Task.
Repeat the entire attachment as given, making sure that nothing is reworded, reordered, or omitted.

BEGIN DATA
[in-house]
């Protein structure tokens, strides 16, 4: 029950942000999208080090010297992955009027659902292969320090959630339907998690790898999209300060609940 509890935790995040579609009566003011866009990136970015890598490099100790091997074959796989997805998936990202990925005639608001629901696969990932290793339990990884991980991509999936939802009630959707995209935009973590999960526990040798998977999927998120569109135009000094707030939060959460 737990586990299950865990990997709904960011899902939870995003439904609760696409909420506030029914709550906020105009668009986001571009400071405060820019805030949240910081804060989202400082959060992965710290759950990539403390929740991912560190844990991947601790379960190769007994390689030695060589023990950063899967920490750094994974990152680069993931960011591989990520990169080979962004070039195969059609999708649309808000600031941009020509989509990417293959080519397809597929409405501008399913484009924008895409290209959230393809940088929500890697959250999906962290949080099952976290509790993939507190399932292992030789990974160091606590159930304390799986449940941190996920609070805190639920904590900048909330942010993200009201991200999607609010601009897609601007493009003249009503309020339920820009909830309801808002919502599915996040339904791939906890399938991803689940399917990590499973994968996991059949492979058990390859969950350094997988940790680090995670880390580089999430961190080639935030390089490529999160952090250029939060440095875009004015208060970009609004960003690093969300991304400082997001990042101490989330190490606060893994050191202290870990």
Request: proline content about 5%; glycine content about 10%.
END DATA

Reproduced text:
[in-house]
């Protein structure tokens, strides 16, 4: 029950942000999208080090010297992955009027659902292969320090959630339907998690790898999209300060609940 509890935790995040579609009566003011866009990136970015890598490099100790091997074959796989997805998936990202990925005639608001629901696969990932290793339990990884991980991509999936939802009630959707995209935009973590999960526990040798998977999927998120569109135009000094707030939060959460 737990586990299950865990990997709904960011899902939870995003439904609760696409909420506030029914709550906020105009668009986001571009400071405060820019805030949240910081804060989202400082959060992965710290759950990539403390929740991912560190844990991947601790379960190769007994390689030695060589023990950063899967920490750094994974990152680069993931960011591989990520990169080979962004070039195969059609999708649309808000600031941009020509989509990417293959080519397809597929409405501008399913484009924008895409290209959230393809940088929500890697959250999906962290949080099952976290509790993939507190399932292992030789990974160091606590159930304390799986449940941190996920609070805190639920904590900048909330942010993200009201991200999607609010601009897609601007493009003249009503309020339920820009909830309801808002919502599915996040339904791939906890399938991803689940399917990590499973994968996991059949492979058990390859969950350094997988940790680090995670880390580089999430961190080639935030390089490529999160952090250029939060440095875009004015208060970009609004960003690093969300991304400082997001990042101490989330190490606060893994050191202290870990």
Request: proline content about 5%; glycine content about 10%.